Shares of Marriott International (NASDAQ:MAR) fell 10% in September, according to data provided by S&P Global Market Intelligence.
The hotel chain’s shares are still down around 39% for the year, though they have recovered strongly from their low back in early April.
Marriott announced early last month that it will lay off 673 workers, or around 17% of its workforce, by late October. This news comes after the company furloughed around two-thirds of its corporate staff six months ago as demand fell off a cliff due to the COVID-19 pandemic. The hotel giant had reported dismal second-quarter earnings as travel demand was hit hard by border closures and lockdowns in numerous countries. Revenue fell 72% year over year and the company incurred a net loss of $234 million.
In September, CEO Arne Sorenson told Boston NPR member station WBUR that Marriott’s business was still down 65% year over year in August and that it was not business as usual in any of the 131 countries the company operates in. China, he said, was the closest to normality.
To make matters worse, on Sept. 24, real estate investment trust Services Properties Trust sent a notice of payment shortfall to Marriott requesting $11 million to cover a revenue shortfall. The company has 10 days to respond to this letter, or the REIT will have the right to terminate its agreement with Marriott covering 122 hotels.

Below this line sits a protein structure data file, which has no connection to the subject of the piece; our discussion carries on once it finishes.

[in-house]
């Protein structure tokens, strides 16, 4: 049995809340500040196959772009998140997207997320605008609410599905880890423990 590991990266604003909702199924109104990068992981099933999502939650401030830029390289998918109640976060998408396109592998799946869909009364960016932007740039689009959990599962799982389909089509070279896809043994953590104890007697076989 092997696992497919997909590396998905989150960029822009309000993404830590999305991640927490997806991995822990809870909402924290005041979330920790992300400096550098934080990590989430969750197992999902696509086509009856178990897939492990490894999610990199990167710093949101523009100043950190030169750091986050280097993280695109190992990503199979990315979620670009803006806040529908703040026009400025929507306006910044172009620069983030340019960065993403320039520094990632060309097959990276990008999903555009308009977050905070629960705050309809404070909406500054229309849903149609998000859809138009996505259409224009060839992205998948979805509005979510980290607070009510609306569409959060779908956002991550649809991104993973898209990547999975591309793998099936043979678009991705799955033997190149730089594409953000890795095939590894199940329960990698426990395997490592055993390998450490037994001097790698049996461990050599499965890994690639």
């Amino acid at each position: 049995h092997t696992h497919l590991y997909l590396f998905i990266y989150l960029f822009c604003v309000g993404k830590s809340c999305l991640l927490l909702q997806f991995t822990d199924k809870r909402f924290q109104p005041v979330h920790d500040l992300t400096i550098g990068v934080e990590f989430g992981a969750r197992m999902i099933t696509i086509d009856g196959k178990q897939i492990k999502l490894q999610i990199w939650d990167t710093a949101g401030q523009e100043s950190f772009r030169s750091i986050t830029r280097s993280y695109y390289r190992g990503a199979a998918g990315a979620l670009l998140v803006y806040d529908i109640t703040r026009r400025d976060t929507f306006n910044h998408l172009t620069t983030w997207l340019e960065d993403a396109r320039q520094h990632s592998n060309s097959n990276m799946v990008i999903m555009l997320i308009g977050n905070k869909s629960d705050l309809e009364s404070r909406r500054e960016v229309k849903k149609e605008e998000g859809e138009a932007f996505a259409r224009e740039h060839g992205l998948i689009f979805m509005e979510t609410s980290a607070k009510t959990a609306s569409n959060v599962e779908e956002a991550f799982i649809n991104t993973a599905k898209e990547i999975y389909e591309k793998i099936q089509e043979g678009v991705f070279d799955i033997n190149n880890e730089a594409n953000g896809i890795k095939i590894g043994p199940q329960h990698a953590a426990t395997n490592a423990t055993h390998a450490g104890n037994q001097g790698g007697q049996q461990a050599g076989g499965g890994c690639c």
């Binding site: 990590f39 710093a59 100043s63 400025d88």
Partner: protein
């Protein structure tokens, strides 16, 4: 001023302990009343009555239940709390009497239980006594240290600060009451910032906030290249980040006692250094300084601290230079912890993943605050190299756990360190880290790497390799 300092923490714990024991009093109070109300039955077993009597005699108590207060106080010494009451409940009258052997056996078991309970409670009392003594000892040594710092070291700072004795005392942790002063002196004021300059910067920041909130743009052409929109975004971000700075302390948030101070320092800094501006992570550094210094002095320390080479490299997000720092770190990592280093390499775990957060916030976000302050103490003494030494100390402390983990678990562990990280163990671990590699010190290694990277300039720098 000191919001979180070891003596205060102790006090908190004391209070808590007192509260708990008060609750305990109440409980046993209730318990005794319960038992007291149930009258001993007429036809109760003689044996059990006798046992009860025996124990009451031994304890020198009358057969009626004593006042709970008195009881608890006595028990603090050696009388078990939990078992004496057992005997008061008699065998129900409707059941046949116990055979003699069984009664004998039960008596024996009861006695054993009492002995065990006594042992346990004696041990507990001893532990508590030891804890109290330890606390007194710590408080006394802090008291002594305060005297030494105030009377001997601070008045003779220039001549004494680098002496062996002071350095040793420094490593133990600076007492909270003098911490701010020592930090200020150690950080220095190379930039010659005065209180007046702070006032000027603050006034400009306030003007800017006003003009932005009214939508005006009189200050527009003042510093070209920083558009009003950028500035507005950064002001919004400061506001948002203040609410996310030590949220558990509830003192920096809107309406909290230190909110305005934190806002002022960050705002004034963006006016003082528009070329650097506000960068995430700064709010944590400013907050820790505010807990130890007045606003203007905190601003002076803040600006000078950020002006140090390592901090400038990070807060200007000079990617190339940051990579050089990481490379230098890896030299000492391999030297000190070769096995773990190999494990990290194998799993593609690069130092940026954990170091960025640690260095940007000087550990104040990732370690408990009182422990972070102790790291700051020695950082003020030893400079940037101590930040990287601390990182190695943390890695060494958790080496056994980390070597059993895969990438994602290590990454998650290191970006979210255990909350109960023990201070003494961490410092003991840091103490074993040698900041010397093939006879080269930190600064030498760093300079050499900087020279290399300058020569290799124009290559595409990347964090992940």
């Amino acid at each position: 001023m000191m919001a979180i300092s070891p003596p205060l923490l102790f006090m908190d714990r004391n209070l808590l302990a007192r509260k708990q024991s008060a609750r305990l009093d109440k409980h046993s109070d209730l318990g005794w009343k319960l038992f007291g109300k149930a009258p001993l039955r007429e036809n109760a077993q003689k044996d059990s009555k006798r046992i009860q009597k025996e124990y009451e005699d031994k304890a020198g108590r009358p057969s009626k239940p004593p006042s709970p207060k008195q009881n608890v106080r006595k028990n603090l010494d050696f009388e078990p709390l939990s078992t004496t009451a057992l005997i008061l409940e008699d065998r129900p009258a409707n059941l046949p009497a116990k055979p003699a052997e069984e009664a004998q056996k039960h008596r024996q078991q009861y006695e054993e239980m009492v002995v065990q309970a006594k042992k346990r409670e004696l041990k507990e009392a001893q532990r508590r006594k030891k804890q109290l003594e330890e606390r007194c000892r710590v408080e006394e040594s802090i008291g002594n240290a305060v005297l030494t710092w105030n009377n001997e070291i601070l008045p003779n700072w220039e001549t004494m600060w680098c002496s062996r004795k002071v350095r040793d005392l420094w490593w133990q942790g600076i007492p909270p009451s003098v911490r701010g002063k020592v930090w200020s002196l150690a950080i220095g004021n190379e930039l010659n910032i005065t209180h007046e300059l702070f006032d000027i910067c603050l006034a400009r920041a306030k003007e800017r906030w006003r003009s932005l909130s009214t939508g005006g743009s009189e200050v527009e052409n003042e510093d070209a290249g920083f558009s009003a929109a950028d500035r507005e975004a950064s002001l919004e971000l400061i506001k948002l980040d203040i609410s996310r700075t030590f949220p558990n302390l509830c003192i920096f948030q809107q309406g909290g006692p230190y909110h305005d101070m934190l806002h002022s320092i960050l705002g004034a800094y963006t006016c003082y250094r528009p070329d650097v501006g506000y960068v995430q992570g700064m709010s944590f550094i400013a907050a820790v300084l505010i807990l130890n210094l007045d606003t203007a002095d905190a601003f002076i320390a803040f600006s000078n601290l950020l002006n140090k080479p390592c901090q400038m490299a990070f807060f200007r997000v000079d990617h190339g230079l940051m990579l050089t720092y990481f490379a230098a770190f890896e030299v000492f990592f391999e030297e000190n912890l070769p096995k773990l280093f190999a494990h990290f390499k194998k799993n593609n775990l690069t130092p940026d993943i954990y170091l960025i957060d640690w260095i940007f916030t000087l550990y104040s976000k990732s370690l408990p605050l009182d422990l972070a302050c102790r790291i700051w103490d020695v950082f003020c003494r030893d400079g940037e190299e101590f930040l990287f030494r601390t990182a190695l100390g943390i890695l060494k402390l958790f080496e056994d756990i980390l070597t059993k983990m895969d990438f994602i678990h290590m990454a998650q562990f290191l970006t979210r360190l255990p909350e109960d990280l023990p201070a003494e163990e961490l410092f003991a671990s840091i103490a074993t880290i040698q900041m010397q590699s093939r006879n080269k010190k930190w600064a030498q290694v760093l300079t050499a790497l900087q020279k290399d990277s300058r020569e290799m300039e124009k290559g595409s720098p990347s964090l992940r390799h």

Marriott continues to struggle with plunging demand for its hotels as the pandemic shows no sign of abating. Management is doing its best to cut costs and hunker down to prepare for the eventual recovery. However, Sorenson said he believes business won’t return to 2019 levels until at least 2022 or beyond.
Meanwhile, the company continues to open new properties around the world. Last weekend, it opened a hotel on Batam Island in Indonesia. In Japan, Marriott has signed an agreement with a real estate developer to open 11 new Fairfield properties in five prefectures by late 2022.
Marriott’s brand name remains strong during this crisis, but investors may need a lot more patience to see a recovery in the company’s fortunes.